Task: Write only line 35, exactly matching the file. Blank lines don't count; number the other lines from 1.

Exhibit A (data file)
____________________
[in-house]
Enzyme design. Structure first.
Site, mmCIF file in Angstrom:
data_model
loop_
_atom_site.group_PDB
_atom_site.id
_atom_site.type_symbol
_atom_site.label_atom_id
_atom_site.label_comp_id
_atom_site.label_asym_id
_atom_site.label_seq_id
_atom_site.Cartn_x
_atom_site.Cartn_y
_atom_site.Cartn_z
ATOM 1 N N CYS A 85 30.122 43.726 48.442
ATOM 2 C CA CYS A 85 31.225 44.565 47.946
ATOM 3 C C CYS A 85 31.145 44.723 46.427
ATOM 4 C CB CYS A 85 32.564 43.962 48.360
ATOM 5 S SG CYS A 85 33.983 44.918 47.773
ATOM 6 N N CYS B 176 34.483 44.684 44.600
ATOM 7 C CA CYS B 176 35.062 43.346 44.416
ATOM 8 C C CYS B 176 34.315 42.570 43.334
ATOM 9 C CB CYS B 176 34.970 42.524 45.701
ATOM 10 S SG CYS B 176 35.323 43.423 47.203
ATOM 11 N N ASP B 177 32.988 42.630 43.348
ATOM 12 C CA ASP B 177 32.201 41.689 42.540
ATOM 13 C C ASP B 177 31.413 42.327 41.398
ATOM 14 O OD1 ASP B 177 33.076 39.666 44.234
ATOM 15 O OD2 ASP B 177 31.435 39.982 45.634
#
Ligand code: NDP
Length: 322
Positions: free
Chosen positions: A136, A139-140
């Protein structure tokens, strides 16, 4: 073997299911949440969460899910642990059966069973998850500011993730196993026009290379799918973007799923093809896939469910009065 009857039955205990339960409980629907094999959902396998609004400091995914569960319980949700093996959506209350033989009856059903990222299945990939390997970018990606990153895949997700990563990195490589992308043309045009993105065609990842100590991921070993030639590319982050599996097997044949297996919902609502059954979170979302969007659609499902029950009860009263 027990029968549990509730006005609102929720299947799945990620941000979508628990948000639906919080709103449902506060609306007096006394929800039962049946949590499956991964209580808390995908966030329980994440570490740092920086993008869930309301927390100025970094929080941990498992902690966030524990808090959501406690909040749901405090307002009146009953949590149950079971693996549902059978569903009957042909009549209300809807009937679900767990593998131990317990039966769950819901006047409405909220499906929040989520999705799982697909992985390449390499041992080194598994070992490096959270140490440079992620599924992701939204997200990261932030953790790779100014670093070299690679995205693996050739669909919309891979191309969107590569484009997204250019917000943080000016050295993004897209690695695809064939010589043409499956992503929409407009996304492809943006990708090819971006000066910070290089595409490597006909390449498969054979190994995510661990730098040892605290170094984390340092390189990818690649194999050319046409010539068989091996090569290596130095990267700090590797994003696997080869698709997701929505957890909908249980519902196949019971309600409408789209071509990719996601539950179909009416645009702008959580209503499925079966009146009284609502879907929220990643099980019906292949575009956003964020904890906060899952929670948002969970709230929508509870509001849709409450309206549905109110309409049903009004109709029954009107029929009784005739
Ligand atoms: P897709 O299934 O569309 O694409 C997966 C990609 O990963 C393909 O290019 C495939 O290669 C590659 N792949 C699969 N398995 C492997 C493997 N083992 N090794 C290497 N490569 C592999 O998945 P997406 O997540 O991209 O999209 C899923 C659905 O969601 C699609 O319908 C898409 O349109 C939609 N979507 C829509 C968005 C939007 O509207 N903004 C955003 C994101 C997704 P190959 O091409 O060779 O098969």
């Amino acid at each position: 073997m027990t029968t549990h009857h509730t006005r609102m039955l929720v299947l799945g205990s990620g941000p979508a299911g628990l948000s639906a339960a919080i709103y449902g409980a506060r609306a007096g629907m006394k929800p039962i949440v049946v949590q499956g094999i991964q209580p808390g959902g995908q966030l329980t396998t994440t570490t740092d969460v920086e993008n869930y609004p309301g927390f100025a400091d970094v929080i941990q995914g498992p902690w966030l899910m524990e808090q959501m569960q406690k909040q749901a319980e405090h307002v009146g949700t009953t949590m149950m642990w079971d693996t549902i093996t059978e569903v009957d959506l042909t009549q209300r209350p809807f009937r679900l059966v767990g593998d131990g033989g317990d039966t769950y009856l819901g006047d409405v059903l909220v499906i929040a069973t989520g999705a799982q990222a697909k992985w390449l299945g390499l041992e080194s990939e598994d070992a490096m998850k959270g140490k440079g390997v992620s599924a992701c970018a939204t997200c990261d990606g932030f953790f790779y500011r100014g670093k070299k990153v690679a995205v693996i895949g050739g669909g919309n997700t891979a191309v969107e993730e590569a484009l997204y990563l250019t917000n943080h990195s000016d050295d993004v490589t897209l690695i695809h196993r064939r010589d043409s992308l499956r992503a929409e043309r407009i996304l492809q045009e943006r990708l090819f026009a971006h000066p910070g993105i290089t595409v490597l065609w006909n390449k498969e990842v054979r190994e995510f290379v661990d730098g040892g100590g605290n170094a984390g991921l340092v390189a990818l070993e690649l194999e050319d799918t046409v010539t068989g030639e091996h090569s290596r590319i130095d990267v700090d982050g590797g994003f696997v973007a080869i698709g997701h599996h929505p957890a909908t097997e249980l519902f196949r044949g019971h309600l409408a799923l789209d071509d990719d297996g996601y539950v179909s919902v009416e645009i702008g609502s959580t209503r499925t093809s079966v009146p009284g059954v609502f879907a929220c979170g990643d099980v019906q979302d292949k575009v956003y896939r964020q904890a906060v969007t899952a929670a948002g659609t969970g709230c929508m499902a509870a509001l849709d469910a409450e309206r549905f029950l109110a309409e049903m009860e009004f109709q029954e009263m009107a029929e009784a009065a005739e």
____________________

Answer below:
Chosen positions: A136, A139-140